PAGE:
School partnerships in Europe are an increasingly common practice which is gaining widespread recognition. The eTwinning action, launched by the European Commission in 2005, is a core part of the eLearning programme and was created to give schools the opportunity to learn from and with each other, to share their views and to make friends.
What is eTwinning?
eTwinning can be defined as a long term partnership where at least two schools from at least two different European countries use Information and communications technologies (ICT) to carry out some form of pedagogically relevant activity together. It can occur at several levels: an exchange between two individual teachers, two teams of teachers or subject departments, two librarians or two head teachers.
The intention is that the staff of two schools interact for an extended period of time. A wide range of disciplines, curriculum topics or even staff related professional development should be involved. It correspondingly promotes the awareness of the multilingual and multicultural European model of society.
As a teacher, why should I get involved and register my school with eTwinning?
A school partnership is the ground for a multitude of potential European openings for all the staff interested in international contacts. For teachers, here are the top ten benefits that motivated us and colleagues in our long experience as teachers to get involved in similar projects:
» Motivate your students by doing something innovative, new and exciting.
» Teach and learn from different cultures and thus achieve a cultural awareness.
» Improve your knowledge of foreign languages.
» Use ICT facilities to shorten the distance and allow students and teachers to reach the farthest end of the European horizon and explore what otherwise would not be possible.
» Learn about the different educational systems in European countries. Improve your own teaching methods by comparing and applying different approaches.
Schools, teachers and pupils will find this effort to communicate and to cooperate personally interesting, enriching and rewarding. Many pedagogical studies identify personal contact with the teacher as the key success factor for learning. eTwinning is an effort to establish human contact beyond frontiers and across cultures. Twinning schools will most likely enhance their capacities for cooperation, understanding and intercultural dialogue, and of course the development of ICT skills. For the children who are now at school, who will be the real subjects of twinning, working in a digital network will be simply a normal way of working.
eTwinning is a way for schools to work towards the “school of tomorrow”, i.e. a school that evolves with time, is open to the outside world, is ruled by flexible learning processes and is computer literate. For teachers it is a good opportunity to practice more interactive methods of teaching, to compare pedagogical approaches, to get to know other countries’ school systems and to share their resources and ideas.
What about the costs for schools?
Once schools are connected to Internet, as 90% of European schools already are, the current costs and possibilities of Internet and multimedia make it possible for them to develop joint projects with other schools. The main problem now is no longer costs, but teacher time. Our experience tells us that motivated teachers can do excellent things with everyday resources, and ICT resources are already a standard part of school equipment.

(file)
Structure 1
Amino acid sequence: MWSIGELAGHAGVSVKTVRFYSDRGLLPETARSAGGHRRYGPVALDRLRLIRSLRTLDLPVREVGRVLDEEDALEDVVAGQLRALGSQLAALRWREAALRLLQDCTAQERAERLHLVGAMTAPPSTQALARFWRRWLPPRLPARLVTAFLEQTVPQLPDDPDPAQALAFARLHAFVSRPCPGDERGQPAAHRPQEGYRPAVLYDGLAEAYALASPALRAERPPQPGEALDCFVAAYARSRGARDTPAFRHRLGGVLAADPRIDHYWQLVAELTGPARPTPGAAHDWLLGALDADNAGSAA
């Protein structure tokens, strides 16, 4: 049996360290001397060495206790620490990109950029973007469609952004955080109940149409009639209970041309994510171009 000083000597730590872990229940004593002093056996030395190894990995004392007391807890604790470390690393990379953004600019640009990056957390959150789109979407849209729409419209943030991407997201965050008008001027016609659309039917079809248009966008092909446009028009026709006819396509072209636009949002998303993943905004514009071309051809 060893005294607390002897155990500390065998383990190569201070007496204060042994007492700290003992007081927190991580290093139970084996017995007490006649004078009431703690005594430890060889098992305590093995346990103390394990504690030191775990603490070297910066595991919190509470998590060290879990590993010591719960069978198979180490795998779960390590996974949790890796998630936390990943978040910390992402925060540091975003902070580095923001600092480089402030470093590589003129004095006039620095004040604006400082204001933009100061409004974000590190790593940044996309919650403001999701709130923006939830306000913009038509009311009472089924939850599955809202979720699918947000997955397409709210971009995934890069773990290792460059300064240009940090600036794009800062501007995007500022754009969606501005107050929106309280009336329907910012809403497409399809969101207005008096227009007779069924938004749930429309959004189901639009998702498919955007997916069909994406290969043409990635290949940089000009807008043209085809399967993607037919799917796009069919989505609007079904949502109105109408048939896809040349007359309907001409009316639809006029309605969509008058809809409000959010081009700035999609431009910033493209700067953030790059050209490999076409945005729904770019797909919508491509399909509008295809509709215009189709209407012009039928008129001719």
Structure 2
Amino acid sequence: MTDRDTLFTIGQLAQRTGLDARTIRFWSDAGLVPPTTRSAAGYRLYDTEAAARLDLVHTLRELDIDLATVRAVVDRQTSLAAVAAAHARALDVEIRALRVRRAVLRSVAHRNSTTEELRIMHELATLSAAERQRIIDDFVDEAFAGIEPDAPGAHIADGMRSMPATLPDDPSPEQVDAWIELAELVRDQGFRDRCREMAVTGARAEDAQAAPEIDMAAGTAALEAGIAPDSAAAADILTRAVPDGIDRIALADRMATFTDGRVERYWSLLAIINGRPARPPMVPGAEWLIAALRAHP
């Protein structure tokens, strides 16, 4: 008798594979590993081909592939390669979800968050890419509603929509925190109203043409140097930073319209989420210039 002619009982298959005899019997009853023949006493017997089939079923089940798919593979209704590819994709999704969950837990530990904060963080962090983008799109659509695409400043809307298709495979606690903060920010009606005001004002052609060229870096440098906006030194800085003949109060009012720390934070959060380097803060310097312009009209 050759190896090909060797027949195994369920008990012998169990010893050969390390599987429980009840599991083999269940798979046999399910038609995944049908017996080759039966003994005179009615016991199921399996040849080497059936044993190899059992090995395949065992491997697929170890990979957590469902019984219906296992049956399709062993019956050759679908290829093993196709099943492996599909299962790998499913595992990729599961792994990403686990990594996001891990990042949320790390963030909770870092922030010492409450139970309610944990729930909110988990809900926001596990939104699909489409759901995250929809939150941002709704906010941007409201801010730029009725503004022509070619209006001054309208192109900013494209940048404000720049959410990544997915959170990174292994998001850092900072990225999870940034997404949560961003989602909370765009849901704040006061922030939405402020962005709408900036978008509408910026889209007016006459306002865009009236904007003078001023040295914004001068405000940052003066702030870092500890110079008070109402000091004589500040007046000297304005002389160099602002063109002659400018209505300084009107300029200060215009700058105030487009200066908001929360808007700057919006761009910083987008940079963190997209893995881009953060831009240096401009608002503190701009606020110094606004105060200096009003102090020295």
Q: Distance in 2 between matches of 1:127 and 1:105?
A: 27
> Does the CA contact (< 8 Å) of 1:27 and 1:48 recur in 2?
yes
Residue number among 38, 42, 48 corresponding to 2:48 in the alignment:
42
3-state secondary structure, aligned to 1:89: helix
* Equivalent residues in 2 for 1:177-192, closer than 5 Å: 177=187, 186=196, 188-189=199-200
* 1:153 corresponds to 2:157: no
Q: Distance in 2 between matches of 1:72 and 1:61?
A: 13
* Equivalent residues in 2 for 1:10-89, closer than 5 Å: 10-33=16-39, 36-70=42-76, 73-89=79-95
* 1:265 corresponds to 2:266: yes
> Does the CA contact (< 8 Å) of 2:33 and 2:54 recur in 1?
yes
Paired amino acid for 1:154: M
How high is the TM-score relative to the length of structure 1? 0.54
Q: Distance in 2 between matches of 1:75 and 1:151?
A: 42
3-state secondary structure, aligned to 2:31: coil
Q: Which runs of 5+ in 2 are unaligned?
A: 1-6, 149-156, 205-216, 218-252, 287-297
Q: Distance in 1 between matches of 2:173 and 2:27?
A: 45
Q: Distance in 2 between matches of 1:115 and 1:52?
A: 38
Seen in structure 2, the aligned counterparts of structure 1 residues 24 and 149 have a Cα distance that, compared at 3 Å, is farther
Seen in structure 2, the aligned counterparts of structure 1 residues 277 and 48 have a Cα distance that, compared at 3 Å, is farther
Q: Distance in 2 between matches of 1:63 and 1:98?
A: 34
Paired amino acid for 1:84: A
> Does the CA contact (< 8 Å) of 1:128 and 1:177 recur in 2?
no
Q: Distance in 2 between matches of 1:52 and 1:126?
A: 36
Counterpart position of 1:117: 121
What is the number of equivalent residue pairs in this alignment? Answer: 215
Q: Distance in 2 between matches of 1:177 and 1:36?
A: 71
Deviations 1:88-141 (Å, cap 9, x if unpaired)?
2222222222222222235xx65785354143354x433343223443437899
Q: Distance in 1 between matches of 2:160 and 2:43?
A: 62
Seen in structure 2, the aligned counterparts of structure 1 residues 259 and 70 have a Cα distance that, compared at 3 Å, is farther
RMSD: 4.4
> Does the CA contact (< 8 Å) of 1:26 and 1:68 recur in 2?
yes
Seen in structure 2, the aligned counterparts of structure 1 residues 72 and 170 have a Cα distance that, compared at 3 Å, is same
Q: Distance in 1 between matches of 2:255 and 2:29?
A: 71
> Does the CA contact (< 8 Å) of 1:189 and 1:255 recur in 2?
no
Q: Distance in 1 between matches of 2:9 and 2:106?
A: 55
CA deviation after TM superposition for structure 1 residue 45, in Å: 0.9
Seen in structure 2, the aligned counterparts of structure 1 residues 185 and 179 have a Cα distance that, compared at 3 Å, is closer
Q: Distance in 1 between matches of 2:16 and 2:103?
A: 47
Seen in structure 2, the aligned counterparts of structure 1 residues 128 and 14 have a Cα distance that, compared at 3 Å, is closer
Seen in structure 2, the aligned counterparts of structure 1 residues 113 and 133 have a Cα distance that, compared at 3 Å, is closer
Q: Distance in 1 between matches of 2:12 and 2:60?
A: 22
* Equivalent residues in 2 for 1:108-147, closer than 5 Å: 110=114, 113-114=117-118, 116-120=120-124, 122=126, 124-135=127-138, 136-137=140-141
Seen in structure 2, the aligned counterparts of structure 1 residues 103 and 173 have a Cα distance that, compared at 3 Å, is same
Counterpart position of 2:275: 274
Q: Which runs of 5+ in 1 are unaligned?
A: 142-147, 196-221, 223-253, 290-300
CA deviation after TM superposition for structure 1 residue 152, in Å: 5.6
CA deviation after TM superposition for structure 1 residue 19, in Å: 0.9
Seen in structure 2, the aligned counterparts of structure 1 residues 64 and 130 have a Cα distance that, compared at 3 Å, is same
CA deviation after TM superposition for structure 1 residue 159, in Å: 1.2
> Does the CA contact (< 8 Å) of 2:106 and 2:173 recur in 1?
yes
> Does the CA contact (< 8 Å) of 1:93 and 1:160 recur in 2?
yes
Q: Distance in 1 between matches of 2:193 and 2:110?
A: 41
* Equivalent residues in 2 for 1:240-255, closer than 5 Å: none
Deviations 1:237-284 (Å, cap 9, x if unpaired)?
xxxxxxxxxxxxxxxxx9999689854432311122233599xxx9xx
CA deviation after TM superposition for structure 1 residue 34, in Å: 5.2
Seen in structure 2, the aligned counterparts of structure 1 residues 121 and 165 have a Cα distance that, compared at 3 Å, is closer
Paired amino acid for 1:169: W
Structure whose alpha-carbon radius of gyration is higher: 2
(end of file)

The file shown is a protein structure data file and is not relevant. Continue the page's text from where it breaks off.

What can I do as a teacher to prepare a project within an eTwinning partnership?
Once you decide to set up an eTwinning partnership there are two basic things to be done: find a topic and find a partner. Try to motivate as many colleagues as possible and also think of cross-curricular teaching. And, most of all, don’t forget your students whom this action should be an exciting and enriching experience.
How can a school register on the eTwinning portal?
In order to register a school in eTwinning there must be somebody from that school (a teacher, headmaster, librarian etc.) who is willing to eTwin with another school in Europe. This person has to go to the eTwinning portal and click on ‘register’. Some information will be asked for, including schools details and twinning preferences. This is done in order to make sure that a perfect match will be achieved.
Once one or more schools are found on the system, users can ‘break the ice’ by sending each other a message or setting up a chat session. All these tools are offered by eTwinning portal! Only when they are sure they like each other and share the same interests they may decide to set up a partnership.
Examples of successful school partnerships
The World Wide Web shows examples of how teachers have been twinning using new technologies for a few years now. Within the Project Spring Day in Europe, which aims at making the voice of young Europeans heard in Europe, numerous exchanges between schools took place. Examples of this can be seen in the Futurum website and under the Together in Europe initiative.
Examples of pupils exchanging e-mails to find out about each other are very common. The international project “The Image of the Other” offers clear guidelines for 10 to 14 year old pupils to carry out e-mail exchanges to learn foreign languages. An example of this project implemented by Spanish and an Italian School that lasted two school years can be seen here. Two other examples of the many twinning projects developed under the European Commission Netd@ys initiative can be found at the Goethe.de website and at the Time Project website.
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